There Is A Duty To Tell The Truth When Making Statements About Pedophiles

In Jane Doe v. McLean County Unit District No. 5 Board of Directors the Illinois Supreme Court decided an interesting case concerning the transfer of a school administrator. The case came up based on the Motion to Dismiss a Complaint. Accordingly, only the allegations are considered. Plaintiffs alleged that McLean administrators learned of a teacher (White) engaging in student on student sexual harassment, abuse, and grooming of minor female students. Grooming means cultivating a trust with a minor for the purpose of sexual abuse. The Plaintiffs alleged that McLean administrators then disciplined White for these acts between October of 2004 and again in April or May of 2005. They alleged he was kept out of the classroom because of his teacher on student sexual harassment, abuse, and grooming of minor. The Plaintiffs also alleged that Defendant’s created a “falsely positive letter of reference for White” which concealed known sexual abuse of female students. They also alleged that the Defendant’s “passed” White from the McLean County school district to the Urbana school district. McLean County falsified employment information about White on an Urbana school district “employment form” by stating that White had worked the entire school year. This statement concealed the fact that White had been disciplined during the 2004-2005 school year.

The victims in the case were students at Urbana. Both Plaintiffs claimed to be victims of sexual abuse by White while has employed in Urbana.

The trial court dismissed with prejudice all counts against Defendant finding there is no duty owed to the Plaintiffs. The Appellate Court reversed the Trial Court judgment finding the Plaintiffs had alleged a duty on part of the Defendants. The Appellate Court believed that the act of “creating and sending” a letter of recommendation supported a duty on a theory of either negligent misrepresentation involing a risk of physical harm or of voluntary undertaking.

The Supreme Court did not agree with the decision or either the Trial Court or the Appellate Court. However, it reversed the case and found that the Plaintiffs had alleged a sufficient duty. The court held that there is normally no duty to warn in this situation. The duty to warn is only if there is a relationship between two entities, or people, created for the benefit of the Plaintiff. “Relationship” need not be a direct relationship between people. However, in order to determine whether a relationship exists a court must focus on four factors:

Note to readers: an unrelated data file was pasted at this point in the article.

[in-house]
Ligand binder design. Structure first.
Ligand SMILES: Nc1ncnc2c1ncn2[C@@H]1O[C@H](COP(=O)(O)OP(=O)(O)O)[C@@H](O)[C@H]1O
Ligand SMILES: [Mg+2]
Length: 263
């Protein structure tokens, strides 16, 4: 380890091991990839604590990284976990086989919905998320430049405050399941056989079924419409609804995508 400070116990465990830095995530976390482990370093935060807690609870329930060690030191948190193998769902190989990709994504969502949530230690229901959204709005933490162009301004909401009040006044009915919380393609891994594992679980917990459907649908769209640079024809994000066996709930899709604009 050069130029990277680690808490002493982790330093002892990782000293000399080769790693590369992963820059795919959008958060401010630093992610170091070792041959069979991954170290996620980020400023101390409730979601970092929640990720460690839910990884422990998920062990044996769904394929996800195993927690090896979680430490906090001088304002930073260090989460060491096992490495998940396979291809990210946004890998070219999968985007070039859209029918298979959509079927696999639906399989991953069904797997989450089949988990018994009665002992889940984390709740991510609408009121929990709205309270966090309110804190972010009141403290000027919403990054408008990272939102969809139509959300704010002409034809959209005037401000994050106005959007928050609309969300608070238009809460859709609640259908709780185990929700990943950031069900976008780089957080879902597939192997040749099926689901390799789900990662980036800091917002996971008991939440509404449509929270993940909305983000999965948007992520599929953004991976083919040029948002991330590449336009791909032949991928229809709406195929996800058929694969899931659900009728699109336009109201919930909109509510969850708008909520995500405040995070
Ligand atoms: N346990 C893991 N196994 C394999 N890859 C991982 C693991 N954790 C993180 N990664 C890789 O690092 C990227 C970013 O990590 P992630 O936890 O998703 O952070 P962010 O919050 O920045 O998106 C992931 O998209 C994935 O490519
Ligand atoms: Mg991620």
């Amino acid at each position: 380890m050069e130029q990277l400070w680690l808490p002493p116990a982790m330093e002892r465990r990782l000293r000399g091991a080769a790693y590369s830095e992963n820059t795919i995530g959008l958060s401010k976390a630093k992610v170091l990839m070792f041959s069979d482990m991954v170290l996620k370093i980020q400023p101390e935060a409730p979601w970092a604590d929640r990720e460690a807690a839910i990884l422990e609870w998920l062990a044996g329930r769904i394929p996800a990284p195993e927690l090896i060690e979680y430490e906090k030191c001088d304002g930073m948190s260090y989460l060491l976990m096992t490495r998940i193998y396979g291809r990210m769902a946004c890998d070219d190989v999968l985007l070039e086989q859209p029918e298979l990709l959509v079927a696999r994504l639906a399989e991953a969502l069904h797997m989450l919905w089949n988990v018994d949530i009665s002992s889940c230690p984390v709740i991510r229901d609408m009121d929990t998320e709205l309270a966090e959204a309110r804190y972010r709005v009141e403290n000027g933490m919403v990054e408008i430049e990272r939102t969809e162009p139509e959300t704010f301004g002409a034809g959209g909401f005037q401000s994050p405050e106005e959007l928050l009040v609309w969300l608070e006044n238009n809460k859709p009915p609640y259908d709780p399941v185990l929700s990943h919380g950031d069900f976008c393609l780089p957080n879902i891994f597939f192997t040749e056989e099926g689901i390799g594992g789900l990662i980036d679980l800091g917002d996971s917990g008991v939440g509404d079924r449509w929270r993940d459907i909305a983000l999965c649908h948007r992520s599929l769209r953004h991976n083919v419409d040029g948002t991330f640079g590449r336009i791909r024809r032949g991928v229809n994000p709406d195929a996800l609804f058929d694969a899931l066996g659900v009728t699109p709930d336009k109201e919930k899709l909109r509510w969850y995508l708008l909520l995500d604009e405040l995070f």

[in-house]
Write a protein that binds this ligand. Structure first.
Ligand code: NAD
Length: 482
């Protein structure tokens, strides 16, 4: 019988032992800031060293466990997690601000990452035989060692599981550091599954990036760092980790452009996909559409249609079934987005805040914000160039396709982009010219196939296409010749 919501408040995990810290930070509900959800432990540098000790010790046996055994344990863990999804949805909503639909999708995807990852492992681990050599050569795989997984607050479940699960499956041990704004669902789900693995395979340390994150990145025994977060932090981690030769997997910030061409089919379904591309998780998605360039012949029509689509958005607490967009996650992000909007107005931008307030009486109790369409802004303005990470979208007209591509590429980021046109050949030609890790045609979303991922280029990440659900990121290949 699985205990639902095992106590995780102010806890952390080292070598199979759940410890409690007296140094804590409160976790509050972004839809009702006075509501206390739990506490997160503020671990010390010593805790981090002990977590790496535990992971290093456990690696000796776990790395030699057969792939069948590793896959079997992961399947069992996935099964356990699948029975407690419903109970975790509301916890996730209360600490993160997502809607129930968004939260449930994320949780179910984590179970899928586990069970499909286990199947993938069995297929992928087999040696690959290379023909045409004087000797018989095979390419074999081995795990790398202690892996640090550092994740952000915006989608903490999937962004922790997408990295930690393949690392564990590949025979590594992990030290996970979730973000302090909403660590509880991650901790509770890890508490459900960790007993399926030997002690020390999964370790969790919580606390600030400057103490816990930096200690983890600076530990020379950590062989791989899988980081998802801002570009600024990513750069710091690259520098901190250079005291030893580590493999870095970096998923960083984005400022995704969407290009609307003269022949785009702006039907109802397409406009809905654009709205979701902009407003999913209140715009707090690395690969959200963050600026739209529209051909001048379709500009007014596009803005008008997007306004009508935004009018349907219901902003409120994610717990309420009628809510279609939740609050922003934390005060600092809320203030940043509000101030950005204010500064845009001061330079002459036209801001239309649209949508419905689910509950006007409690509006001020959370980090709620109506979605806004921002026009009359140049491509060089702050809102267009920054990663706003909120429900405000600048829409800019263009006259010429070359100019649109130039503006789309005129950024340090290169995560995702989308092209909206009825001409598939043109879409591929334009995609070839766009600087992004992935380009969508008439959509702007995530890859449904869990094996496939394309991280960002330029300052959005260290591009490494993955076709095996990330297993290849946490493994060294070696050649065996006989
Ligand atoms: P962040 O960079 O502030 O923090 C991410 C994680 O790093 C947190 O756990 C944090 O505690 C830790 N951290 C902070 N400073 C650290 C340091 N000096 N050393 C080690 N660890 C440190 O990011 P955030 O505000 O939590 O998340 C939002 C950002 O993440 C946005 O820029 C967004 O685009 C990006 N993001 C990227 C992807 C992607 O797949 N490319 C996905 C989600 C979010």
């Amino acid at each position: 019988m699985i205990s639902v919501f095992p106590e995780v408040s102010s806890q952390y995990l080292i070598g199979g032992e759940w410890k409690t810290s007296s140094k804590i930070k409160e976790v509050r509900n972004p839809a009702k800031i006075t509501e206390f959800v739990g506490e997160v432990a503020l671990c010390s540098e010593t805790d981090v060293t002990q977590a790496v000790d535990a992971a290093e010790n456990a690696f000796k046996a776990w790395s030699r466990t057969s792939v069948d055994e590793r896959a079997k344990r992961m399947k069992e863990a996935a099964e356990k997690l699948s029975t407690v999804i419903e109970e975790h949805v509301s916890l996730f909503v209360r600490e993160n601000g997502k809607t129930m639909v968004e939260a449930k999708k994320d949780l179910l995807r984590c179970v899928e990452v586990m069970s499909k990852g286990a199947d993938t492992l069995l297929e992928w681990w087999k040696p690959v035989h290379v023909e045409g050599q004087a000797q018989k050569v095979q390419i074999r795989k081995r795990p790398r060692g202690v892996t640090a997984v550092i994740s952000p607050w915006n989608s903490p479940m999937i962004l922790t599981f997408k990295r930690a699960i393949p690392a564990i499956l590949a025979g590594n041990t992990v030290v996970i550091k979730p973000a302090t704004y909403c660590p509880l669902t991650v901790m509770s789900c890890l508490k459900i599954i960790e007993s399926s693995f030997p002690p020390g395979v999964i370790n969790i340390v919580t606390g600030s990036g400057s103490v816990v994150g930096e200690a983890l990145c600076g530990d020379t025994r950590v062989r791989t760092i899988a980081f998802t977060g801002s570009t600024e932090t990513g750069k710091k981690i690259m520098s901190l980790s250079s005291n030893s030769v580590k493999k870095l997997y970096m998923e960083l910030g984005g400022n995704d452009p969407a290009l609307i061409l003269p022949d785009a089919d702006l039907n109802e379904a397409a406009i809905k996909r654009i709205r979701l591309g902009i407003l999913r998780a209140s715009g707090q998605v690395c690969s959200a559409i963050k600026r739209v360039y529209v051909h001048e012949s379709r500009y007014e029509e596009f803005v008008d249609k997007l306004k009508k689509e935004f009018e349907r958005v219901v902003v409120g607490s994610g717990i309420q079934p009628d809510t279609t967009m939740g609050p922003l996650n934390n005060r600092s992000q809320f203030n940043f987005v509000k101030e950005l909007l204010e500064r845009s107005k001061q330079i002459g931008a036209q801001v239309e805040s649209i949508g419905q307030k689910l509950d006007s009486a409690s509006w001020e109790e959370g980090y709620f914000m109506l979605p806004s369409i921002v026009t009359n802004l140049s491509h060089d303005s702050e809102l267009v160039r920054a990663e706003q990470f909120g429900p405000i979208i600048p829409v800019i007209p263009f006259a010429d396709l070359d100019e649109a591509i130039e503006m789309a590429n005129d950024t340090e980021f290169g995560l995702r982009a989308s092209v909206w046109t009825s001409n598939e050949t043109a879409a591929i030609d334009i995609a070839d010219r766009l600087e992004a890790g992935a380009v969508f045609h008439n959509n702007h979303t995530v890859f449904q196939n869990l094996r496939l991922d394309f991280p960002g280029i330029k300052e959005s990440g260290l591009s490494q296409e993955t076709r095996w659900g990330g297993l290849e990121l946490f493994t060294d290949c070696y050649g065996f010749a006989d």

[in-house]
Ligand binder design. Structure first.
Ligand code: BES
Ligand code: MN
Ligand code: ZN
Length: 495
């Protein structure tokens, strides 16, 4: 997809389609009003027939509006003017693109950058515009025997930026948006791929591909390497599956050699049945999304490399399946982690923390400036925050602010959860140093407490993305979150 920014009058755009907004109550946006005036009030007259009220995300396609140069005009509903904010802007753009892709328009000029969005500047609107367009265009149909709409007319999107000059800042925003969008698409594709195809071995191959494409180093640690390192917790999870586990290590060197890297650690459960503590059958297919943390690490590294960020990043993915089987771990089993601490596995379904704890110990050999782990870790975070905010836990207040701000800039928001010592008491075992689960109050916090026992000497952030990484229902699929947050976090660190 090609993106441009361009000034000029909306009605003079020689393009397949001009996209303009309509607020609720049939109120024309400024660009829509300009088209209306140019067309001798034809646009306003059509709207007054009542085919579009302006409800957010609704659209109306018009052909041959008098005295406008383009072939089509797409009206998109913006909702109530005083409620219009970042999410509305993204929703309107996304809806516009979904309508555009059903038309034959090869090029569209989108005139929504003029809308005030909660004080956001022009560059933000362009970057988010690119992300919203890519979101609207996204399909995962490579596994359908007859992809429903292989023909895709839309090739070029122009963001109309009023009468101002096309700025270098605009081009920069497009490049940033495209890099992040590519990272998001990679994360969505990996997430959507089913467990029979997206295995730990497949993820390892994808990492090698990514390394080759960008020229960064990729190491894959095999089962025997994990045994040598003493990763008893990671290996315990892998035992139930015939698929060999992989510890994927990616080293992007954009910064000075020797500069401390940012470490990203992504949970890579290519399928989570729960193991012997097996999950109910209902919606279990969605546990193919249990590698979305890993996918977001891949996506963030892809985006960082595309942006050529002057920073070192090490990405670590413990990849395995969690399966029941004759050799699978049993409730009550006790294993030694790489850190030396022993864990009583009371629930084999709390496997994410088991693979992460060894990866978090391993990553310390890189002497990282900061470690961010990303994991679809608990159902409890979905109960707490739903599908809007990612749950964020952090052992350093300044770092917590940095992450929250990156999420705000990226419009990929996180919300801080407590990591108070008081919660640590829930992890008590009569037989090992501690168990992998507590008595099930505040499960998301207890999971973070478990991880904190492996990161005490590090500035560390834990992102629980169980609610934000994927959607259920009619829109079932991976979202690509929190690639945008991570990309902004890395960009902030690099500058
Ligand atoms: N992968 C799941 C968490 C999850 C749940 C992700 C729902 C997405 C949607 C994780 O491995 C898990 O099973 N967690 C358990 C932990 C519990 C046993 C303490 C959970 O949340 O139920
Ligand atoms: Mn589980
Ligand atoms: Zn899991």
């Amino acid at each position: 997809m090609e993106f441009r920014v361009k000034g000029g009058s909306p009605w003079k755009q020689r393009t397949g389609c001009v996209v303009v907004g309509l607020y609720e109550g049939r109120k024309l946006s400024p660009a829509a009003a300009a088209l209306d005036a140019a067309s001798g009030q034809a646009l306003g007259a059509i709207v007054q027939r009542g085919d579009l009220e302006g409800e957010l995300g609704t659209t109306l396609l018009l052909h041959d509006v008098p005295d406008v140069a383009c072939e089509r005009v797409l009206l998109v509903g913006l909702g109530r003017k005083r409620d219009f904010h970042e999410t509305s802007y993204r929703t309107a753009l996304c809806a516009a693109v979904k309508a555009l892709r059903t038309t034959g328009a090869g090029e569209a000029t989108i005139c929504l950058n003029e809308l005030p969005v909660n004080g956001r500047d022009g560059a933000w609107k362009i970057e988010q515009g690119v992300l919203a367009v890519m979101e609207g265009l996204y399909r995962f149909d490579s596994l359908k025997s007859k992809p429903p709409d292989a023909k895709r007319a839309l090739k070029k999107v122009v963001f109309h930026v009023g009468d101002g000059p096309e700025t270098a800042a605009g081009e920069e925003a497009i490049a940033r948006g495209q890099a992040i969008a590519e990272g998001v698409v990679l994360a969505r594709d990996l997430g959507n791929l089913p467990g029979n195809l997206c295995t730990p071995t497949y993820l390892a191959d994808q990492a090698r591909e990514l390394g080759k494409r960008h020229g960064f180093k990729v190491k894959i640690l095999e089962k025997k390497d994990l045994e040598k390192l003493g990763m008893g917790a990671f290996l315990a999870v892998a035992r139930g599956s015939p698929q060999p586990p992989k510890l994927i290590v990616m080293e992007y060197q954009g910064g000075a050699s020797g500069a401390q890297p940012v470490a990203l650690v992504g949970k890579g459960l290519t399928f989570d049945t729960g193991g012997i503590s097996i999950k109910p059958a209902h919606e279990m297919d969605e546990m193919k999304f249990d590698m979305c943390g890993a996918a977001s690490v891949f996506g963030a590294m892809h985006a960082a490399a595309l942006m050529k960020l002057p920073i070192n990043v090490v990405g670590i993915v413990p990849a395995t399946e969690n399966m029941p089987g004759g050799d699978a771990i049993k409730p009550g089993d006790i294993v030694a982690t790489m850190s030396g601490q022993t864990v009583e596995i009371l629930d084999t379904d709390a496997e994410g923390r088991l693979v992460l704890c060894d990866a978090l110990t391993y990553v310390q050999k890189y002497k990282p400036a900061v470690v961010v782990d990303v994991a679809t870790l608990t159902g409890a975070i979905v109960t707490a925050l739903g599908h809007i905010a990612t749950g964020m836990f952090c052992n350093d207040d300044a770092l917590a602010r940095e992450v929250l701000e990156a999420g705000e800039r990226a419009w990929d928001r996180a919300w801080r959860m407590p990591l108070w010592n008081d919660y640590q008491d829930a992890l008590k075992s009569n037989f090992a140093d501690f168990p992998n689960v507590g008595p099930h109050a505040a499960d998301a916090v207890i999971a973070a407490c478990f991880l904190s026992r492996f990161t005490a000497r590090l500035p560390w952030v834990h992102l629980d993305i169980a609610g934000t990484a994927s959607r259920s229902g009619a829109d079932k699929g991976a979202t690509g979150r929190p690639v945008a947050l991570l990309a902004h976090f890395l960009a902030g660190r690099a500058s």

1.The reasonable foreseeability of an injury.
2.The likelihood of an injury.
3.The magnitude of the burden of guarding against the injury.
4.The consequence of placing the burden on the defendants.

Historically, courts have recognized only four special relationships that would allow liability for failure to warn:

1.Carrier passenger
2.End-keeper guest
3.Business invitor/invitee
4.Voluntary custodian protectee
As the plaintiffs fit in none of these categories there was no general duty to warn. The Supreme Court found that the complaints only plead that the letter of recommendation was created, not sent, from McLean County to Urbana. However, the court found that the Defendants alleged act of misstating White’s employment history on the employment verification form falsely stated that he worked the entire school year in 2004-2005, which was not true. He was subject to discipline twice during the school year. Accordingly, the Supreme Court held there was a duty to fail to falsely misstate the employment history. The court concluded that there was no tort immunity as there was sufficient allegations of willful and wanton misconduct.

Interestingly, Justice Karmeier dissented. He said that the legislature has passed an act which would give rise to liability in this situation. The act also provided immunity. He did not think that the misstatements were sufficiently egregious to confer liability upon the McLean school district. He would have found no duty to the children.